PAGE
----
The Unswung Bat

Friday, October 24, 2003
Exit, Center Stage

The next time they saw each other was years later, at a gallery opening an exhibition of her work. He came with his girlfriend but the two quietly separated to gaze at different paintings. He was looking at one rigidly, as though he was a statue carved to look at the picture without seeing it. But he was watching it, and with the rest of his body frozen his eyes were deeply immersed in the canvas, searching it for all the signs of life he'd known in his friend, and he knew when she walked up beside him.

"What do you think?" was how she disturbed years of silence.

"You always were an English major."

She was quiet after that for a moment. She seemed much the same as she'd been in his memory, except without a trace of the limp. Stiffness could never stay with her for long. She breathed smoothly. She probably slept like she was made of feathers. Lofting and lulling gently, settling and rising again.

Between them now stood a third person's-worth of space, the almost human spirit of the opposite of love. Even so, as nothings go, it was small. Much smaller than its converse would have been.

Only to the two of them did a wordless span of time seem to pass before next she spoke. His eyes no longer searched the painting. They clung to it.

"Why don't you look at me?"

He let the question into his mind, to hang there for a moment, and then answered from a part of him that could be both patient and horribly abrupt. Such a part that long ago had coiled around his heart, sometimes to guard it, sometimes to sink in its own teeth, and whisper with a forked tongue.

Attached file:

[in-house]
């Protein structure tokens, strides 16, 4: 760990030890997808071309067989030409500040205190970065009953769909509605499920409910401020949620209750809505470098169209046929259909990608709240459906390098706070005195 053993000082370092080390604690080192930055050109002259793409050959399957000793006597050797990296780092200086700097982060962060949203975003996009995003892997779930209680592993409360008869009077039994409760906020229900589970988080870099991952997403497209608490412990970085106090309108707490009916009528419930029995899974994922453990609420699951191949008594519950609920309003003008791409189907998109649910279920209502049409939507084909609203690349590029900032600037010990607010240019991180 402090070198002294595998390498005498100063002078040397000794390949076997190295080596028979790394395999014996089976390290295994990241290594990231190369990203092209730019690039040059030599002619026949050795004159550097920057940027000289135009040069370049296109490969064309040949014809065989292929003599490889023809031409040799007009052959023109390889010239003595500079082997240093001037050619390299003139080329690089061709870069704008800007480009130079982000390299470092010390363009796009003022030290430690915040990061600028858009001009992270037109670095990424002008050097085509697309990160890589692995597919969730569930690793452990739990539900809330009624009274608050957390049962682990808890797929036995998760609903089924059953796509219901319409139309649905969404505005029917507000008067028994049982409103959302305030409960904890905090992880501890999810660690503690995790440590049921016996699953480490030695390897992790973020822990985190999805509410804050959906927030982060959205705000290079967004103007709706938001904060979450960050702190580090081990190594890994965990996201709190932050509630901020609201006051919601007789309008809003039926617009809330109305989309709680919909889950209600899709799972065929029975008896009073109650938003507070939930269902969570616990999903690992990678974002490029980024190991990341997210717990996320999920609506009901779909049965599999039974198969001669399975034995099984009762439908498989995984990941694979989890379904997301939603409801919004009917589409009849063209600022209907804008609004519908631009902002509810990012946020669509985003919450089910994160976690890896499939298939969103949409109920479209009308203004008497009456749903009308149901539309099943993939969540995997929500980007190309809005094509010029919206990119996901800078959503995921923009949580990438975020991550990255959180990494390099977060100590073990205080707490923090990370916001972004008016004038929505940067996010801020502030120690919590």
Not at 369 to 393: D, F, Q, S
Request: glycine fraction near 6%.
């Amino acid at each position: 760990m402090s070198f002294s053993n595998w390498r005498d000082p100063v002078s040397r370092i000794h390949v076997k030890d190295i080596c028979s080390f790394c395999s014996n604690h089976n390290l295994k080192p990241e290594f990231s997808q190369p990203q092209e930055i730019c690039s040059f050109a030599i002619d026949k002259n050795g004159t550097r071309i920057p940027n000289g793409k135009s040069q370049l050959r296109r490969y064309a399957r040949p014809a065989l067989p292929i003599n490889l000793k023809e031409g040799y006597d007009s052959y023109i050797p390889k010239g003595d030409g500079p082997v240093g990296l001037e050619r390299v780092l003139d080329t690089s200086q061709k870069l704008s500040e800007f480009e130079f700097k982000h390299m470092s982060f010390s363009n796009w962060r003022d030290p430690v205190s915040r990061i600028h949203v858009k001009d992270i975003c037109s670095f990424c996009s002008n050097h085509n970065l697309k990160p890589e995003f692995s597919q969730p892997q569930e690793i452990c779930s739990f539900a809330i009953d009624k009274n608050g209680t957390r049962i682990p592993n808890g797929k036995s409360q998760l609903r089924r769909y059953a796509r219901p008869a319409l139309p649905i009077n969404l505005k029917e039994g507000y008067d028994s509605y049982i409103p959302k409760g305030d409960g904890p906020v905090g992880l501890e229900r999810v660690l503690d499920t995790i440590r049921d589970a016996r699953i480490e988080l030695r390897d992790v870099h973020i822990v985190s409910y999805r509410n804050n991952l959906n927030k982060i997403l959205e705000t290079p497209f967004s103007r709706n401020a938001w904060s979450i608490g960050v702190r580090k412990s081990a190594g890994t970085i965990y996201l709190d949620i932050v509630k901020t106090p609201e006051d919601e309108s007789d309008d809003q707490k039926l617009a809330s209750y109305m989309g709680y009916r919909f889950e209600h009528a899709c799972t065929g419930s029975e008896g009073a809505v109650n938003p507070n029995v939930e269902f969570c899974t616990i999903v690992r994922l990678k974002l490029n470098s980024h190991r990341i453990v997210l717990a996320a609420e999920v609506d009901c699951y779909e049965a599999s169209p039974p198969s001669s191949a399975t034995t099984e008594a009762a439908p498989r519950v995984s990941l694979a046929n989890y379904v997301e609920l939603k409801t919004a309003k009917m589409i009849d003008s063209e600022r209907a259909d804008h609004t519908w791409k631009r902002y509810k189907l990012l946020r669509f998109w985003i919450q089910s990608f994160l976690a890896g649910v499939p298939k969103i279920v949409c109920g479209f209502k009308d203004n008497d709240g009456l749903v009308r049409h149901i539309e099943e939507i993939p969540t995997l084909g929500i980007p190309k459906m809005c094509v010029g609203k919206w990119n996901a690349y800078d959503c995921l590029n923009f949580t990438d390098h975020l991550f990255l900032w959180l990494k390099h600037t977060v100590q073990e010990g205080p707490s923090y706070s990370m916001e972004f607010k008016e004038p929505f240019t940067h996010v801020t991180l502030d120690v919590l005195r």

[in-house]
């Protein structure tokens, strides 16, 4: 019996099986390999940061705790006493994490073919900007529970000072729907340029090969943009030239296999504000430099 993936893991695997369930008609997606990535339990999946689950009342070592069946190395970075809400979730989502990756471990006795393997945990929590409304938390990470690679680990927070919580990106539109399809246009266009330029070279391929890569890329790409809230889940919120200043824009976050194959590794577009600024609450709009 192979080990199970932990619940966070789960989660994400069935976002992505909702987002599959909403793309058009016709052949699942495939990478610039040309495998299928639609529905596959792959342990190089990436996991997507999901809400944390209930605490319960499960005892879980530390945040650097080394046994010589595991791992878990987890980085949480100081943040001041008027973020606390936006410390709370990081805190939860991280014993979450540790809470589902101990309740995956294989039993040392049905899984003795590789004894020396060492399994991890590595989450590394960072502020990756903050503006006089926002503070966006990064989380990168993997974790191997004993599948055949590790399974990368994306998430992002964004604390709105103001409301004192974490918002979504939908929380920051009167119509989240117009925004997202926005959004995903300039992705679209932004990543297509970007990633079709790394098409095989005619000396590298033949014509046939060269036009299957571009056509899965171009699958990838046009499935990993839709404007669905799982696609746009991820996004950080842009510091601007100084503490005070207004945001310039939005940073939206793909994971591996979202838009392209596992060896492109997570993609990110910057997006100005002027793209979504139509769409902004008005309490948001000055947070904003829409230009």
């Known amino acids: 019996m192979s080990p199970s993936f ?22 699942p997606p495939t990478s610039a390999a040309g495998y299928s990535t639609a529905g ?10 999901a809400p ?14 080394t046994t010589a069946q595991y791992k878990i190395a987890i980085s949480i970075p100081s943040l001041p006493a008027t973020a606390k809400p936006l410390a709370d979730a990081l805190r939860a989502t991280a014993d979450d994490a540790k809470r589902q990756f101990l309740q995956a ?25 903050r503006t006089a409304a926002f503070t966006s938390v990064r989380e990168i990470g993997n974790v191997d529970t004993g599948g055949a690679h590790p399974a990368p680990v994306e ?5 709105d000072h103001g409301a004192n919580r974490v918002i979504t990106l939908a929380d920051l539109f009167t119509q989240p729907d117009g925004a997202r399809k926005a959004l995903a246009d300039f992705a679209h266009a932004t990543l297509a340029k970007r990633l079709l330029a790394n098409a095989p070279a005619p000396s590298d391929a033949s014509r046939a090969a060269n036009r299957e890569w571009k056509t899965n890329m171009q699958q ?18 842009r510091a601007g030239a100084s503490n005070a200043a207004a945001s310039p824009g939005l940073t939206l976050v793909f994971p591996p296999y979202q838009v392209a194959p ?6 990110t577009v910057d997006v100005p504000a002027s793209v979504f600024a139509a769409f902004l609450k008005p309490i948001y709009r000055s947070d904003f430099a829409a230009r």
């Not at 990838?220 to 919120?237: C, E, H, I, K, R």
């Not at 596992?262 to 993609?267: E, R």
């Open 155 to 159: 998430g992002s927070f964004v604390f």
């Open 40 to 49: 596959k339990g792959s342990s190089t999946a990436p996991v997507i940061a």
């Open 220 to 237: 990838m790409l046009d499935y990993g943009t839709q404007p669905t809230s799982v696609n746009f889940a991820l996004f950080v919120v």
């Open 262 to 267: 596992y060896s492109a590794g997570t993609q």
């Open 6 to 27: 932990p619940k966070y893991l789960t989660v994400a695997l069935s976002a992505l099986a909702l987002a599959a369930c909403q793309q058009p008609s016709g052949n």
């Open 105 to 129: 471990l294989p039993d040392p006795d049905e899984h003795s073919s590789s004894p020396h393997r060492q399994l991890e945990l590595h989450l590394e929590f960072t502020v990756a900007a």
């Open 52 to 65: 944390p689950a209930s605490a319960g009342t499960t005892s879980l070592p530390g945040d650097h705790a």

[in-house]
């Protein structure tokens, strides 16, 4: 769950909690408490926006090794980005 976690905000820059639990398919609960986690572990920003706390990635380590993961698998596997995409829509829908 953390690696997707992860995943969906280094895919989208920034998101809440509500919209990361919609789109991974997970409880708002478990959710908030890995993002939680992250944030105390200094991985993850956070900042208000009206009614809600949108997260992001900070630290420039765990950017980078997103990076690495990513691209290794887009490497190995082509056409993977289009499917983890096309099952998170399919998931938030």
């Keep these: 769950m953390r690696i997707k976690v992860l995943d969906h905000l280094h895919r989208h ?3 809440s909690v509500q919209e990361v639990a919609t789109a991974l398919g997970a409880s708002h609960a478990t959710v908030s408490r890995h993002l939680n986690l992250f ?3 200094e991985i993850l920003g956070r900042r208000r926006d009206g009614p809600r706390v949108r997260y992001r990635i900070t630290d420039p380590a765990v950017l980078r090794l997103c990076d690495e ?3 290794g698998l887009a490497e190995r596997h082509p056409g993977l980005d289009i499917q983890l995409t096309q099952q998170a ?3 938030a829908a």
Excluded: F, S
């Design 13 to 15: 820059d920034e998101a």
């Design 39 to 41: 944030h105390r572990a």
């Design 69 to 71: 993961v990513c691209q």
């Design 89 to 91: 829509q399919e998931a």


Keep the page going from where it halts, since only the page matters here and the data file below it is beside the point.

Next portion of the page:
"I suppose that right now I'm looking at you and away from you," he said, but though his eyes stayed fixed on the painting they had lost sight of it. If he ever sighed, he did then, and turned to face her. Saw there the time unspun, that had stayed neglected in her, and his in him. Looked in a pile of yarn and saw woven warmth.

He permitted in his face the lightness of a small smile, bowed his head cryptically, slightly. Then somehow they were holding each other, and he found the desperation he had locked in his eyes broke out, and flooded through motionless arms, hands. And she said nothing but life is hard. And he said nothing but yes it is.


Elliott Smith is indeed dead.
iTunes is indeed cool. Goddammit, now I want a Mac. Fuck.

original site + text contents ©2004 twenty oh four by me called it

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